Music

Dog Days

20 March 2015

People go to music festivals for all sorts of reasons. Some go for the music, some go for the camping and some go to take drugs and enjoy some interstellar mind fuzz. A vast majority probably go for a combination of all three. But as drugs have become an undeniable part of music festivals, so too has the presence of sniffer dogs.

Although intending to create a safer environment, sniffer dogs could be causing more harm than good. In January 2009, 17-year-old Gemma Thoms consumed three ecstasy pills before entering a festival, resulting in an overdose and death. Her friend states this was due to fear of being caught by sniffer dogs. Similarly in September 2013, James Munro, a 23 year old Melbourne man, died at Sydney’s Defqon 1 festival after ingesting three ecstasy pills upon seeing sniffer dogs at the gates.

These tragic stories reinvigorated an ongoing debate within the music community surrounding the dangers of sniffer dogs at music festivals.

Art vs Science guitarist, Dan McNamee, became involved in the debate by lobbying  Ballina MP Don Page. According to McNamee, by removing sniffer dogs “you will cut out the number of hospitalisations due to people panicking upon sight of the dogs and ingesting their whole weekend’s supply of drugs.”

Furthermore, sniffer dogs are incredibly ineffective in locating drugs. In 2001, a NSW Ombudsman research group discovered that only 26 per cent of searches yielded results. By 2011 it rose to 28 per cent. Additionally, the number of sniffer dog searches has doubled every year since 2008, yet there is still no improvement in statistics.

Despite this, police representatives are not open to discussing alternative practices. Police statistics claim sniffer dogs acquire successful results 80 per cent of the time, and that their use goes far beyond locating drugs. According to Tony Cook, commander of the NSW Drug Squad, “the clear position for [police] is that [sniffer dogs] provide a significant deterrent value.” Cook justified his endorsement of scare tactics by declaring that “this is about providing a safe environment across the board.”

Unfortunately for the police, scare tactics don’t seem to work in any practical manner. They haven’t ensured a safe environment and they are not scaring attendees from bringing drugs. The National Drug and Alcohol Research Centre surveyed 500 NSW festival-goers as part of a study regarding the effectiveness of drug laws. 62 per cent of those surveyed said that they would take drugs into a festival irrespective of police or sniffer dog presence. Results also showed that the presence of sniffer dogs exacerbated the relative use of ecstasy and methamphetamines over cannabis by 40 per cent. Only 10 per cent of those polled stated that they wouldn’t take drugs inside the festival if they knew dogs were going to be present.

Festival organisers themselves are hesitant about the legitimacy of sniffer dogs providing a safe environment. The organiser of an Australian boutique indie/dance festival has discussed his conflicted feelings. Whilst he acknowledges sniffer dogs can prevent a potential overdose – the detriments of their presence practically offset their value. He noted having “personally seen punters gulp a handful of pills as they see sniffer dogs approach them to avoid getting caught” and how this puts serious strain on first-aid services. He promotes the use of preventive action as an alternative, believing tools such as Amnesty Drug Bins would make a big difference to punters safety.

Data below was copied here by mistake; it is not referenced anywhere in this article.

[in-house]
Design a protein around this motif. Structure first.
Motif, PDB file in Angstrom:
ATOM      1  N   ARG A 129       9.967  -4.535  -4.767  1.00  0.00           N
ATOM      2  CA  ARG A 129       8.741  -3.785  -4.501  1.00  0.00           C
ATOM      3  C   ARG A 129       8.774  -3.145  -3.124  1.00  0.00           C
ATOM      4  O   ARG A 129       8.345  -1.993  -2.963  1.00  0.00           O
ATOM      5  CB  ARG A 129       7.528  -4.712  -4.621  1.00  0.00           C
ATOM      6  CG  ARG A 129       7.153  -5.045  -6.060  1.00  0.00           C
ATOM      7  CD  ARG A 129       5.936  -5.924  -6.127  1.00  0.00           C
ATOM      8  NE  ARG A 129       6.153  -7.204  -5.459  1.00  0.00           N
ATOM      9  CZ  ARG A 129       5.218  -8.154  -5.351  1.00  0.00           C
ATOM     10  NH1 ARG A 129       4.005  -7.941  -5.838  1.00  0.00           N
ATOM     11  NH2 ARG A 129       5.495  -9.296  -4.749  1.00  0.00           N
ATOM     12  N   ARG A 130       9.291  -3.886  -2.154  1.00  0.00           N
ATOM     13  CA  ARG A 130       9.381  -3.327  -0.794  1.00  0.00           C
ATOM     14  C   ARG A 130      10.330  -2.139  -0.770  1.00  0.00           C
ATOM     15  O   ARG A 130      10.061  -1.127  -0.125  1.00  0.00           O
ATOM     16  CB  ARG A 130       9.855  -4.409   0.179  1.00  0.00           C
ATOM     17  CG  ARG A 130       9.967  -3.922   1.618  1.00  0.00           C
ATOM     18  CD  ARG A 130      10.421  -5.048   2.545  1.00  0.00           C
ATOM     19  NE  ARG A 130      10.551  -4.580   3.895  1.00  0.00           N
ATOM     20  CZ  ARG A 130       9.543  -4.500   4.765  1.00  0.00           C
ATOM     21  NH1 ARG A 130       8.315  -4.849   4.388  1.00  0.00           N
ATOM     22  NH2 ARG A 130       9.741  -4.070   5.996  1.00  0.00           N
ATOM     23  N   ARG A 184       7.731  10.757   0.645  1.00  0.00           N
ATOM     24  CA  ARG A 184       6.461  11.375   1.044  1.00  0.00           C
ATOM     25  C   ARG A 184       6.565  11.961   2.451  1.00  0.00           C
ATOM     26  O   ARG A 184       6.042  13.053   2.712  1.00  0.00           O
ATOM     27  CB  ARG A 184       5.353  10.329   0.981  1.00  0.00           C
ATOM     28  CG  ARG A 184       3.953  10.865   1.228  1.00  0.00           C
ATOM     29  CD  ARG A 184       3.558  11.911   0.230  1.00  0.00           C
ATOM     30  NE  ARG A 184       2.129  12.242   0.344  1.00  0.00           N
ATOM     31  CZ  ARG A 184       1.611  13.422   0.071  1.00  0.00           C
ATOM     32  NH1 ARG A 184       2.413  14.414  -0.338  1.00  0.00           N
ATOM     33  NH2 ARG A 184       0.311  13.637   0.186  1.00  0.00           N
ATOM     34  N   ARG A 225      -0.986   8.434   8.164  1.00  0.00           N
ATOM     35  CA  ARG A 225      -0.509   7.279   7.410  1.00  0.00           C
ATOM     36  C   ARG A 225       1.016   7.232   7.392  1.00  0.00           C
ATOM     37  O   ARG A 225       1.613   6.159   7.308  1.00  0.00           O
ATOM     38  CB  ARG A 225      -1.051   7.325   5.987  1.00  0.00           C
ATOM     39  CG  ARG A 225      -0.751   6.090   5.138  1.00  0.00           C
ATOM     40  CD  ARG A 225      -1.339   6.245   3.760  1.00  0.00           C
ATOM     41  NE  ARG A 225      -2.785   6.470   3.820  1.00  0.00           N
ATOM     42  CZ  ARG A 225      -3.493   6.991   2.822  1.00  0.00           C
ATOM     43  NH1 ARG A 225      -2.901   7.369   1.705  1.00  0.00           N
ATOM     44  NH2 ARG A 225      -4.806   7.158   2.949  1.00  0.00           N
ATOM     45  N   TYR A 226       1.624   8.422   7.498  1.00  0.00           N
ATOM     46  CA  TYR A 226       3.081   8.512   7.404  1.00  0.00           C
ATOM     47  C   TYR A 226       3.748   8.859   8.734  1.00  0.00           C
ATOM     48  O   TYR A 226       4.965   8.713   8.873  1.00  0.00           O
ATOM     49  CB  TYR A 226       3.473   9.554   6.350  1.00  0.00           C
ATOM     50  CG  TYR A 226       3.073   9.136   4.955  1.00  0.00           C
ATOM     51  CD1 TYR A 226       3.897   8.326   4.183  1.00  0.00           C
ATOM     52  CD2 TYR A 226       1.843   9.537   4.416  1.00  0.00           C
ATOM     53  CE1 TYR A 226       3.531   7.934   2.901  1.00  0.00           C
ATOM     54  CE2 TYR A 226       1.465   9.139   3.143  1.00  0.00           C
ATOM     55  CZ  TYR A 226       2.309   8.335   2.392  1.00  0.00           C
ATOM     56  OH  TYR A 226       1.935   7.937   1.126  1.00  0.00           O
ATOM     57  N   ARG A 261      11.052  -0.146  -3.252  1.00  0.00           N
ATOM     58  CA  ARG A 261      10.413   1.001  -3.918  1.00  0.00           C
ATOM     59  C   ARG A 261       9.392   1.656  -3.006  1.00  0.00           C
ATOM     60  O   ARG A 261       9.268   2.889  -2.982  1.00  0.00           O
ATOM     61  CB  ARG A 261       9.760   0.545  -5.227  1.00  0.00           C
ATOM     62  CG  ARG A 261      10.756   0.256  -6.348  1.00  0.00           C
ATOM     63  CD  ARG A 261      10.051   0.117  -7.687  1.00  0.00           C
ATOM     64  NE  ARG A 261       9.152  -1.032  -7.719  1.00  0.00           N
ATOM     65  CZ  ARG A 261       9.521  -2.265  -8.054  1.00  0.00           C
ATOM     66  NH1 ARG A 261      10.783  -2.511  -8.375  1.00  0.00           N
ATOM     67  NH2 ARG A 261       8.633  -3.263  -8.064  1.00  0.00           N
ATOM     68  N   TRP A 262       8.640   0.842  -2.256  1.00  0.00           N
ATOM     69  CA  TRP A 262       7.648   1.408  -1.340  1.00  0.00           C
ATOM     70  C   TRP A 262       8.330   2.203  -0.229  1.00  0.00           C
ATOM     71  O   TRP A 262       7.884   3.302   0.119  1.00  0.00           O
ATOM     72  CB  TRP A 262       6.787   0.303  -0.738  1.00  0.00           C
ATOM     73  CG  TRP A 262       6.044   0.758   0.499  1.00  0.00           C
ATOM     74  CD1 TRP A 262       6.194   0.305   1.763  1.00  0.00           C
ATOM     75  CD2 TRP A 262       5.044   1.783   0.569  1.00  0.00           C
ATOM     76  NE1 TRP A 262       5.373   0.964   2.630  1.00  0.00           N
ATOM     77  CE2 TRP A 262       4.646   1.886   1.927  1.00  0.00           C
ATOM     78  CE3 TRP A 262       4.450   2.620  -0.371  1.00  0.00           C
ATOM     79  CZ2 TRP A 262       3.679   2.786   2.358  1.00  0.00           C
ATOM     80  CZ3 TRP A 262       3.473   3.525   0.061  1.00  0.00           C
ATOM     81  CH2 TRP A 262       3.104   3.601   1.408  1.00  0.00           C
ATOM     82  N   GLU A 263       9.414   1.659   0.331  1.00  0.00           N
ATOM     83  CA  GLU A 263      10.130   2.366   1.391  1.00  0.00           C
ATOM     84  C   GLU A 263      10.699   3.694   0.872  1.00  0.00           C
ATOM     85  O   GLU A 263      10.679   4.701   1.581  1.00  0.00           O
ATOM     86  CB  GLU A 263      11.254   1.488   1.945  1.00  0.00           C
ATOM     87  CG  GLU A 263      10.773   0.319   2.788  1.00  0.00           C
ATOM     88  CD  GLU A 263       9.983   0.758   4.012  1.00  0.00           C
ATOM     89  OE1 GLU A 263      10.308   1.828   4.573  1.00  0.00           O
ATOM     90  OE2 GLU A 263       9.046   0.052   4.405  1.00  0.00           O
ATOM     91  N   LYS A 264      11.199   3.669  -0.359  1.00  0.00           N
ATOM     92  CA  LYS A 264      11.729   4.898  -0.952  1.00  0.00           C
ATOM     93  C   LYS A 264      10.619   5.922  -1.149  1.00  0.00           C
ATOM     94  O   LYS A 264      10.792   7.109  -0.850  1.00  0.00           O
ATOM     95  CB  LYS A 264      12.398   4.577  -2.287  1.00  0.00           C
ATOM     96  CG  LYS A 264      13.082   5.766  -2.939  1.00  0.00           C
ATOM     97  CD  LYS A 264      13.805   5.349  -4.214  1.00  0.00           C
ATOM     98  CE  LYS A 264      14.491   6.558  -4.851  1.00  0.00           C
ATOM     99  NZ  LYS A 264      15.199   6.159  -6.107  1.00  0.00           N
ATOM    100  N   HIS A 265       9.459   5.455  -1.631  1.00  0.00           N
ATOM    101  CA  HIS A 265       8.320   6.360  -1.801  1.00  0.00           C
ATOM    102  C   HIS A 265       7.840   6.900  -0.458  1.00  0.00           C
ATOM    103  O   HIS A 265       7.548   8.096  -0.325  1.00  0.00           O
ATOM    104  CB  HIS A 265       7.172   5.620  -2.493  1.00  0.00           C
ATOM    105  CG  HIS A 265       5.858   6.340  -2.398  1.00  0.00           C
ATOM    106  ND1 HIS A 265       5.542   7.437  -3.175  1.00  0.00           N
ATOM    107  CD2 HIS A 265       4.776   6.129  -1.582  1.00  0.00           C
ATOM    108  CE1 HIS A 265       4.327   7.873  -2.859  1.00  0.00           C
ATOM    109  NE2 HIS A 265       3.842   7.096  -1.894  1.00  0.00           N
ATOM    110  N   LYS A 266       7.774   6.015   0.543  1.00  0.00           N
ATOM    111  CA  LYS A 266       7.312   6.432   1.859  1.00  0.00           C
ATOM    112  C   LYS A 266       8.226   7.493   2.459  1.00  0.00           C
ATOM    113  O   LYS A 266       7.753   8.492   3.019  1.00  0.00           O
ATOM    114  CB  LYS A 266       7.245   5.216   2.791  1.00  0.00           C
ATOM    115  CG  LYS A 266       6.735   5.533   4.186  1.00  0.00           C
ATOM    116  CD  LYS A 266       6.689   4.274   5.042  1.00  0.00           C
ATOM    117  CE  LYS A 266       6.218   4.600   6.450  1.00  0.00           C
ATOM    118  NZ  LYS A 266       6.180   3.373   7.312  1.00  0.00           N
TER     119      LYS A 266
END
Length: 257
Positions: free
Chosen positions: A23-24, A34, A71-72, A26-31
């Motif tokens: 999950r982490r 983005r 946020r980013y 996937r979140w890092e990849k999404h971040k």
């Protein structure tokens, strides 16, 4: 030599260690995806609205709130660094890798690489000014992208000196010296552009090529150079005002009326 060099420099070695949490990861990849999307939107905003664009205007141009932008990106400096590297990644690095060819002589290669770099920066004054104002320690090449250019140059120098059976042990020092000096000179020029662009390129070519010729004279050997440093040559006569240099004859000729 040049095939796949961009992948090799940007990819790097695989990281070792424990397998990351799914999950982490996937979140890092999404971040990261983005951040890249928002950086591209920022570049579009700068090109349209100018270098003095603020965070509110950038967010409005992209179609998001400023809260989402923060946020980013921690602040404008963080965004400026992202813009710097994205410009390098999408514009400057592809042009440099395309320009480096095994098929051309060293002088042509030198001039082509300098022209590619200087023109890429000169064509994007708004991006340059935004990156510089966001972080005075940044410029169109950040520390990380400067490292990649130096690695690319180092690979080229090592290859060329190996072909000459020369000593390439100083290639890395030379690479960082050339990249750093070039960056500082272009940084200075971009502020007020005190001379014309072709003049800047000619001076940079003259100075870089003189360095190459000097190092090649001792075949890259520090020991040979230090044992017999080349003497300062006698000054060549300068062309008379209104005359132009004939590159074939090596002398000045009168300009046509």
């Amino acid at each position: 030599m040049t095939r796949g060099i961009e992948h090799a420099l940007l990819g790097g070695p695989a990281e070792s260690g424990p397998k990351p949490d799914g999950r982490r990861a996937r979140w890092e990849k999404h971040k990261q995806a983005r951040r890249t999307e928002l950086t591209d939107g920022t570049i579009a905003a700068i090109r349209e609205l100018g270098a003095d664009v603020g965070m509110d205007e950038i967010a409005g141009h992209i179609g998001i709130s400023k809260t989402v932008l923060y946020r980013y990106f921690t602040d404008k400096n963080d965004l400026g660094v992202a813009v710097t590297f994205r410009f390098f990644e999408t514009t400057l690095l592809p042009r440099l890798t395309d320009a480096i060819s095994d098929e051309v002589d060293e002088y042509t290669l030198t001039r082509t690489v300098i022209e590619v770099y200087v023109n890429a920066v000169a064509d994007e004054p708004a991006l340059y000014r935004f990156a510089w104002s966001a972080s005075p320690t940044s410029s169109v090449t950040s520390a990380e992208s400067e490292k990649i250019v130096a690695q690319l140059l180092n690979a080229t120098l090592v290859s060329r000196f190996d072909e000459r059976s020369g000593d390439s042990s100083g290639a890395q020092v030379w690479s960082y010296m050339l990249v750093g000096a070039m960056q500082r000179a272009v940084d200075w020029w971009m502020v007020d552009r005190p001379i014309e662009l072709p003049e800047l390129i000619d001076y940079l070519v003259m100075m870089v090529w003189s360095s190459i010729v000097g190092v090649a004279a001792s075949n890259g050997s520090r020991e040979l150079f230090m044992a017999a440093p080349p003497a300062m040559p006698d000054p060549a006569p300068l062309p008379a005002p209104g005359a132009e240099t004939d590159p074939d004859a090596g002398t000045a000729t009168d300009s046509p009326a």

It seems perfectly clear that sniffer dogs do not prevent drug related incidents. At Sydney’s sniffer-dog-protected Harbourlife Festival in November 2014, 19-year-old Georgina Bartter died after having an adverse reaction to ecstasy. The police cannot be held accountable for Barttner’s death, but could perhaps focus their resources in more effective ways.

It is concerning that the police are not amenable to alternative programs. They seemingly dismiss the idea that the health of festival-goers should be a priority over minor drug misdemeanours. Between December 2012 and March 2013, Victoria Police arrested more than 420 people for drug related offences at music festivals. At this year’s Field Day alone, police arrested a record 214 people for drug possession. Chief Inspector Stuart Bell declared “we will make no apologies for finding these people and putting them before the courts.”

Understandably, possessing drugs is against the law, and one can’t blame the police for enforcing it. But the validity of sniffer dogs is a discussion on safety, not legality. Using scare tactics to enforce a safe environment is ineffective, impractical and a wasteful mess of an oxymoron.

Sniffer dogs have failed to prevent drug-related incidents and have, unfortunately, also been the cause of them. Dismissal and condemnation of these tragedies by police and naysayers persists. Police actions are exonerated by placing blame on victims for ignoring the dangers of drugs and the law. Rest assured, this is nothing short of a thoughtless and backwards attitude.

The fact is – people are going to take drugs at music festivals. The argument over the legitimacy of sniffer dogs at music festivals shouldn’t be over condoning or justifying drug use. It should be about exploring all possible avenues for providing the safest environment possible for all punters, drug users included.


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